Although we don't believe in timing the market or panicking over market movements, we do like to keep an eye on big changes -- just in case they're material to our investing thesis.
What: Shares of leading 3D printing company Stratasys (NASDAQ:SSYS) closed up about 7% today following an upgrade from Wall Street research firm Oppenheimer earlier in the day.
So what: Oppenheimer upped its rating on Stratasys to "outperform" from "perform" today and set a 12-to-18-month price target of $50 per share, which implies a 43% upside to the stock's $34.97 closing price yesterday.
The analyst firm said the upgrade was due to valuation, commenting that Stratasys stock is cheap relative to its historical valuation and to that of its main peer 3D Systems. Furthermore, it noted that the company is executing well on its core industrial business and the MakerBot performance issues appear to be known, which eliminates some uncertainty. Indeed, excluding MakerBot -- which generally only accounts for about 10% to 15% of the company's total quarterly revenue -- Stratasys' first-quarter results show the company executed fairly well in its enterprise-focused business, despite a challenging macroeconomic environment, which is a factor beyond its control.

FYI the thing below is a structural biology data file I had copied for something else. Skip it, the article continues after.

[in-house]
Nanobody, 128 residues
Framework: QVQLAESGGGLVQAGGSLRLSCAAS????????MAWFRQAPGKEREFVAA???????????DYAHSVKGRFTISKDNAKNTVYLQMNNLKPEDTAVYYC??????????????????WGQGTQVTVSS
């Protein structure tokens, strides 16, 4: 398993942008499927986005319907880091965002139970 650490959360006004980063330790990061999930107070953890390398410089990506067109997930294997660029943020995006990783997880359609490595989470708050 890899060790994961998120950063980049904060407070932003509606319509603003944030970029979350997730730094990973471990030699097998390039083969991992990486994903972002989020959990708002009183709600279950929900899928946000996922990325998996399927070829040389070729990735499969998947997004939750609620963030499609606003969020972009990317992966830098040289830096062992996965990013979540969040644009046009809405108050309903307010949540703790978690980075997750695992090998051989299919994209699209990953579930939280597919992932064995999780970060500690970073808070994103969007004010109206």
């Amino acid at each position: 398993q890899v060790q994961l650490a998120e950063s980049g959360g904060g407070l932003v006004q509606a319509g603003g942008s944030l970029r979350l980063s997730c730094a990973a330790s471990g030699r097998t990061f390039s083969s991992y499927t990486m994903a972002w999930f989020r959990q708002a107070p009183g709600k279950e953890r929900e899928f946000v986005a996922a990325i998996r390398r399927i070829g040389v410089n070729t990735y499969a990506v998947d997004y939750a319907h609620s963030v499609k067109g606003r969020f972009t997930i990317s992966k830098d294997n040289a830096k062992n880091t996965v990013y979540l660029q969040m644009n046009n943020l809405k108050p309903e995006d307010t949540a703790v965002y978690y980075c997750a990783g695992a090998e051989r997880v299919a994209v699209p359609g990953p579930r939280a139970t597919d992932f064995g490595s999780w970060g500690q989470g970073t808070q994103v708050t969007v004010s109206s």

Notably, Oppenheimer now views Stratasys as the best 3D printing play -- this is a flip-flop from its previous opinion favoring fellow industry leader 3D Systems. The firm's upgrade note stated, "[W]e think it [Stratasys] is more secure and has more opportunities as new competition emerges." And, in fact, Oppenheimer dropped its rating on 3D Systems this morning to "perform" from "outperform," largely due to execution concerns.
Now what: Investors shouldn't put too much stock (excuse the pun) in analysts' ratings, as Wall Street firms are often late both to arrive at and to leave the party. That said, I've long opined that Stratasys is the best large, diversified 3D printing company, so I am in agreement with Oppenheimer on this point. However, that's not to imply that clear sailing lies ahead, as the competitive seas could be rough in 2016 and beyond due to increased competition, especially from deep-pocketed Hewlett-Packard and upstart Carbon3D. In my view, investors should remain cautiously optimistic.